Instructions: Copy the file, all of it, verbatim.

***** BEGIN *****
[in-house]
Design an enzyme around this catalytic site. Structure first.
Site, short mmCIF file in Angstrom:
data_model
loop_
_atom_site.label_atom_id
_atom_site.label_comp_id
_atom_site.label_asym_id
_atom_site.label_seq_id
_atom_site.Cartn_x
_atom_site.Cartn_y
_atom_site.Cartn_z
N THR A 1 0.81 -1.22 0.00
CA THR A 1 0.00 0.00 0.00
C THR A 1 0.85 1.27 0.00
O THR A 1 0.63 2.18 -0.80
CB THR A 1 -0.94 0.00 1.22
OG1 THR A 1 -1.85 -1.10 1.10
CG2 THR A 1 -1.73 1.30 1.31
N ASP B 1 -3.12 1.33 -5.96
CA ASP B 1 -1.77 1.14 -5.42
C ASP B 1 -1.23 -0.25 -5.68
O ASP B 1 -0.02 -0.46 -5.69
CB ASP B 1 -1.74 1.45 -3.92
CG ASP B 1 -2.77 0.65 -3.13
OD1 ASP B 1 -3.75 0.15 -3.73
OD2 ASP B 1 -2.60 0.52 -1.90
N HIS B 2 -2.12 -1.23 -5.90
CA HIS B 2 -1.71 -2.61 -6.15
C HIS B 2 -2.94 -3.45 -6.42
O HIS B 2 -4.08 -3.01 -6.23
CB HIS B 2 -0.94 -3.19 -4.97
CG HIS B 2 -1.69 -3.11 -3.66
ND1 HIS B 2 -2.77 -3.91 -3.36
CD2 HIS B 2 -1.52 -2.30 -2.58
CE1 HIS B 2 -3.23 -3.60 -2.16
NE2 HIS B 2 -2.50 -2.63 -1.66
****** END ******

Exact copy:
[in-house]
Design an enzyme around this catalytic site. Structure first.
Site, short mmCIF file in Angstrom:
data_model
loop_
_atom_site.label_atom_id
_atom_site.label_comp_id
_atom_site.label_asym_id
_atom_site.label_seq_id
_atom_site.Cartn_x
_atom_site.Cartn_y
_atom_site.Cartn_z
N THR A 1 0.81 -1.22 0.00
CA THR A 1 0.00 0.00 0.00
C THR A 1 0.85 1.27 0.00
O THR A 1 0.63 2.18 -0.80
CB THR A 1 -0.94 0.00 1.22
OG1 THR A 1 -1.85 -1.10 1.10
CG2 THR A 1 -1.73 1.30 1.31
N ASP B 1 -3.12 1.33 -5.96
CA ASP B 1 -1.77 1.14 -5.42
C ASP B 1 -1.23 -0.25 -5.68
O ASP B 1 -0.02 -0.46 -5.69
CB ASP B 1 -1.74 1.45 -3.92
CG ASP B 1 -2.77 0.65 -3.13
OD1 ASP B 1 -3.75 0.15 -3.73
OD2 ASP B 1 -2.60 0.52 -1.90
N HIS B 2 -2.12 -1.23 -5.90
CA HIS B 2 -1.71 -2.61 -6.15
C HIS B 2 -2.94 -3.45 -6.42
O HIS B 2 -4.08 -3.01 -6.23
CB HIS B 2 -0.94 -3.19 -4.97
CG HIS B 2 -1.69 -3.11 -3.66
ND1 HIS B 2 -2.77 -3.91 -3.36
CD2 HIS B 2 -1.52 -2.30 -2.58
CE1 HIS B 2 -3.23 -3.60 -2.16
NE2 HIS B 2 -2.50 -2.63 -1.66